Belgium’s First-of-Its-Kind Immersive AV Story

Of course, Belgium is home to many immersive AV experiences in museums, corporations, and institutions. Yet this one, from Studio 100 and CityCubes, is an independent immersive story-telling business model.

After, everyone loves a good story. And today’s AV technology lets you begin each story’s “Once upon a time…” with immersive video and audio.

belgium immersive exhibit

This story-based attraction, Studio 100 Story Studio in the Meir in Antwerp, uses life-size wall and floor projections to immerse the audience in each adventure, with an audio story told through headphones as the audience moves from room to room.

With an hour-long show starting every 15 minutes, up to six different story experiences are run in parallel.

For example, one of the main stories takes place aboard an archaeology ship trying to discover the mythical city of Atlantis. During the experience, visitors are guided through different times, locations, and dimensions to the supposed current location of Atlantis.

Each of the six rooms at Studio 100 Story Studio houses a part of the story and, as the visitors progress, more pieces of the puzzle are revealed.

Another story takes you into the world of “Maya the Bee,” a classic children’s book (and international phenomenon as an acclaimed animation series). The Maya story arc is even more interactive than Atlantis, with visitors of all ages being invited to dance, fly and shake like the world-famous bee.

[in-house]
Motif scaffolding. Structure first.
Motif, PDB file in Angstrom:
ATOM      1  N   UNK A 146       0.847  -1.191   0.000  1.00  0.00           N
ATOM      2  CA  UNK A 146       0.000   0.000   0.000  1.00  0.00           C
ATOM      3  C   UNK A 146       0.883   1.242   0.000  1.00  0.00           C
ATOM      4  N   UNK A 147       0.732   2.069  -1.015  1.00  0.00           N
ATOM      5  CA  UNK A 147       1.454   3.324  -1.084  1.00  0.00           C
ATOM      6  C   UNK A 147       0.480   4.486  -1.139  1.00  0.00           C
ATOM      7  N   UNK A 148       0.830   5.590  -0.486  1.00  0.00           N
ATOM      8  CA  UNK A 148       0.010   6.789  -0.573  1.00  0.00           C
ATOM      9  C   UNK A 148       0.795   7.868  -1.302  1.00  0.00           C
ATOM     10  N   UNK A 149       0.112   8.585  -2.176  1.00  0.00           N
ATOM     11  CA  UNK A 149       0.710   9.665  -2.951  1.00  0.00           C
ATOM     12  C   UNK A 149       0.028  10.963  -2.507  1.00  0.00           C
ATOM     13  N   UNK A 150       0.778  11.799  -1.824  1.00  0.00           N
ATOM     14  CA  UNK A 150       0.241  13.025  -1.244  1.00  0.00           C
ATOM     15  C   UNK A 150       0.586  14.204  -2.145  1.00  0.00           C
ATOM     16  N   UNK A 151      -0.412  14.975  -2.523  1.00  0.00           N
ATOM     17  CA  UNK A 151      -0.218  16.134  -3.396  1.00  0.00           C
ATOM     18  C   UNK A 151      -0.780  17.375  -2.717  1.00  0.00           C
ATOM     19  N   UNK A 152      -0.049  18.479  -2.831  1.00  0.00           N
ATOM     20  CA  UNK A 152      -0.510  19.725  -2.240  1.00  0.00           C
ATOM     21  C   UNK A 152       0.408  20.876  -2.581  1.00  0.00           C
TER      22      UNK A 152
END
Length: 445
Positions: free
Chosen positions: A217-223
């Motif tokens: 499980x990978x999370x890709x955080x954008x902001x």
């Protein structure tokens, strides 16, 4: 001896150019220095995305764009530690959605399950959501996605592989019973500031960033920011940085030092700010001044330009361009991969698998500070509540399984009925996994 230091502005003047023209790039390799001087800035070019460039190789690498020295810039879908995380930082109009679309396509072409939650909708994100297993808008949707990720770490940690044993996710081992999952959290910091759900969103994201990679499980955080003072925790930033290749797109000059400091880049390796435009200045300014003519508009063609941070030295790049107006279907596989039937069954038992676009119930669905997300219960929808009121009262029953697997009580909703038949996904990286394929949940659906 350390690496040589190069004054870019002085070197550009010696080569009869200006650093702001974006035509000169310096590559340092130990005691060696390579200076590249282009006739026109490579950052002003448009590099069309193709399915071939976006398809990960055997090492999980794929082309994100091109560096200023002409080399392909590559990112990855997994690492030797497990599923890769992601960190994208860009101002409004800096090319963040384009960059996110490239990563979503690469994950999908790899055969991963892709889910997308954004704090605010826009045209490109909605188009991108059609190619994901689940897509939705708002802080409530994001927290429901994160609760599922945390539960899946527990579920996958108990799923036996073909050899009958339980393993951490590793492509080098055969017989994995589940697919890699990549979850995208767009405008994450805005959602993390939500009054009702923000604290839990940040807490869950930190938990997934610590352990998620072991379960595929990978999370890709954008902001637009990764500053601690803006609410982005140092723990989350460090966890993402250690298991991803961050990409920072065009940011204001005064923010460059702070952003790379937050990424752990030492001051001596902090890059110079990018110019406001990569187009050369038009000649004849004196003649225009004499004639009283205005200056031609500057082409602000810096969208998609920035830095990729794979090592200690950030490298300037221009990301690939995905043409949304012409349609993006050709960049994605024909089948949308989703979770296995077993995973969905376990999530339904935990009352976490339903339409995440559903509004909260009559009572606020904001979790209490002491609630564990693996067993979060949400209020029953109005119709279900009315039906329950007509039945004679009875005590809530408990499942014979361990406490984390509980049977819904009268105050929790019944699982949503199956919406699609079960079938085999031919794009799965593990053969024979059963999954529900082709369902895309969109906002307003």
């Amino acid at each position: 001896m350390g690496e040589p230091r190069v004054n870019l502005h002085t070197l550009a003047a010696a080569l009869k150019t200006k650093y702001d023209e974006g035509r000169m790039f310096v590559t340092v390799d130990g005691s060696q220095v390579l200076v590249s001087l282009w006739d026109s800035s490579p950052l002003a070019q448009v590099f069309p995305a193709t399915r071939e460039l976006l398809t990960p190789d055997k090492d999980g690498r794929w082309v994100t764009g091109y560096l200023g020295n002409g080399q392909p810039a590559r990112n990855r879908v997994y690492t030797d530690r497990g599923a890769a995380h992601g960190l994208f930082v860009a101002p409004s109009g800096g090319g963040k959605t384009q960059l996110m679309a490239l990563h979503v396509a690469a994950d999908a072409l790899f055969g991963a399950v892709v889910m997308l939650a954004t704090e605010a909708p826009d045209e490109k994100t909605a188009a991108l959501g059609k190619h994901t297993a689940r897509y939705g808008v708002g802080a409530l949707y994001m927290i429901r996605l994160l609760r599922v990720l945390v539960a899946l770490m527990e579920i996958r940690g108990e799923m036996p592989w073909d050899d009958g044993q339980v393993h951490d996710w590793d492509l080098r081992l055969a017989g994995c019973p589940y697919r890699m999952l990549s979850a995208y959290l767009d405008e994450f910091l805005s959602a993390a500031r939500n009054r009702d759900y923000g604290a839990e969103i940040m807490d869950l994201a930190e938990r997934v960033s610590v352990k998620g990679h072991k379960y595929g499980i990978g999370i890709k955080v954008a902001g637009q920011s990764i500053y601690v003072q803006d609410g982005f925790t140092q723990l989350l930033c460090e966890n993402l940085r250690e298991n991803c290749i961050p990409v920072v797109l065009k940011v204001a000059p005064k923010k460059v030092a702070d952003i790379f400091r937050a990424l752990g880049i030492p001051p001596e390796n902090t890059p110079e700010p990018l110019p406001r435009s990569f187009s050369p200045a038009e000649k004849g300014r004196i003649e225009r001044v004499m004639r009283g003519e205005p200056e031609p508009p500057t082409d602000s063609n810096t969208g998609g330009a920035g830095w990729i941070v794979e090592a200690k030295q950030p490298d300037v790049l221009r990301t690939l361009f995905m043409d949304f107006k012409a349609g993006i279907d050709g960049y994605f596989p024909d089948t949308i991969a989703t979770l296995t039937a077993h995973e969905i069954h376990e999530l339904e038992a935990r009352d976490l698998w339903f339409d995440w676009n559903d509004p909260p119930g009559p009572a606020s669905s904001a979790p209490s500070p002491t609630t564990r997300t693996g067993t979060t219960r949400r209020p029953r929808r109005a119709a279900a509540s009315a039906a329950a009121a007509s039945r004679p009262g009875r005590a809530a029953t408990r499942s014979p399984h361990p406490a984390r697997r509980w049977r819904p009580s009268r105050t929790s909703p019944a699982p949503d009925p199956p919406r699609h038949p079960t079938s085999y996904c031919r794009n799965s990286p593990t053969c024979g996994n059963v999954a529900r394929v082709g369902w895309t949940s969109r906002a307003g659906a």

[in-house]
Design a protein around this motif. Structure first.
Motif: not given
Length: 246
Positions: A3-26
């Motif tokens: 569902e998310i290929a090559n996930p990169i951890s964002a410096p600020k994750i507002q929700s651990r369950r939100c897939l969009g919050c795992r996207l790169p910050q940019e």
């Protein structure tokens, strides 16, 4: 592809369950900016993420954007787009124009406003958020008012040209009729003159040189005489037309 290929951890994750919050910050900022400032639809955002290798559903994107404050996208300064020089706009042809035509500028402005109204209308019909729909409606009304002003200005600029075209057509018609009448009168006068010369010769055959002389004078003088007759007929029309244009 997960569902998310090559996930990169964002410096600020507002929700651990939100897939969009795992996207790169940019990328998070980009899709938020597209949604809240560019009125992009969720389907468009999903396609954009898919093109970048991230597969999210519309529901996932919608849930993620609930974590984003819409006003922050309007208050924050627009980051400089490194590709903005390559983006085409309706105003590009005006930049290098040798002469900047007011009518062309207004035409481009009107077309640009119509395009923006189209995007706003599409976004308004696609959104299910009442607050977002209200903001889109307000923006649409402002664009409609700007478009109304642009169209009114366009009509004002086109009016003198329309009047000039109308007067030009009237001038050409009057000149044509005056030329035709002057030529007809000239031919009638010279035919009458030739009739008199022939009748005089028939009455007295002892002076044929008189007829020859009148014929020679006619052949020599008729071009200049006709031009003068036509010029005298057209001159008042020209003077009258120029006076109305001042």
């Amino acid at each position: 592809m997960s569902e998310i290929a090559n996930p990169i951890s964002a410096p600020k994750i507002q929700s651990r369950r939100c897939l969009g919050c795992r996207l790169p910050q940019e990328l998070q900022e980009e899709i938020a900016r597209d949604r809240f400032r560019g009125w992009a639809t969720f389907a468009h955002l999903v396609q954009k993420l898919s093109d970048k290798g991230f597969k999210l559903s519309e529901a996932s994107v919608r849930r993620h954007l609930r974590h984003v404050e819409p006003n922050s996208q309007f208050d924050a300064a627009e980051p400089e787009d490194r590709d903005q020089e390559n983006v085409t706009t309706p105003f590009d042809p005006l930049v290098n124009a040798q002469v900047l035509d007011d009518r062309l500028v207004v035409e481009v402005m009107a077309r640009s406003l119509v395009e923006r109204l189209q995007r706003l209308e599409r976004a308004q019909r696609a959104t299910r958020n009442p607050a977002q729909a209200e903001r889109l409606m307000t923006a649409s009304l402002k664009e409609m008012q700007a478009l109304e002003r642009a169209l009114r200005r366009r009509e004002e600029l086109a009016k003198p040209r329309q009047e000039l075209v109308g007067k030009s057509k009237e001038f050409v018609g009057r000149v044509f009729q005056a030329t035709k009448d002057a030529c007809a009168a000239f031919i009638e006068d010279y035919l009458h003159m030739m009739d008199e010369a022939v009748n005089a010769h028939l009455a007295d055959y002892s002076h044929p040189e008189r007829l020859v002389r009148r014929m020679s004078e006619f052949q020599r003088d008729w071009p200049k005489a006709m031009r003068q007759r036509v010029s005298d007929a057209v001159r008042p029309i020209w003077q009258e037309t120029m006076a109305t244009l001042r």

Fifty-two Panasonic projectors provide immersive visuals for this attraction, simultaneously controlled and driven by AV Stumpfl PIXERA servers and software (one master and five render engines). A show starts every 15 minutes and takes about one hour, with six shows are being run in parallel from the single PIXERA master.

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One PIXERA RAW server also takes care of all floor projections (15 outputs split by Datapath FX4 and routed through an IDK FDX-32 Modular Matrix Switcher), while the wall projections in every single room have their dedicated PIXERA server, playing backup to 12K wide uncompressed content per server.

The portable wireless headsets, synced by timecode, are also controlled by the same PIXERA master server. Additional audio outputs play back commercials and effects in some of the rooms (on top of the timecode-driven headsets).

The programming of the PIXERA system is by Sander de Schrijver, while the technical equipment is supplied by AED Display. The visual content was created by Prismax and formatted as uncompressed TIFF sequences.

Additional companies involved in this project include The Production Box and Flex solutions.

The Studio expects other stories and experiences will be added in the future to attract families and all ages to this Antwerp story-telling studio.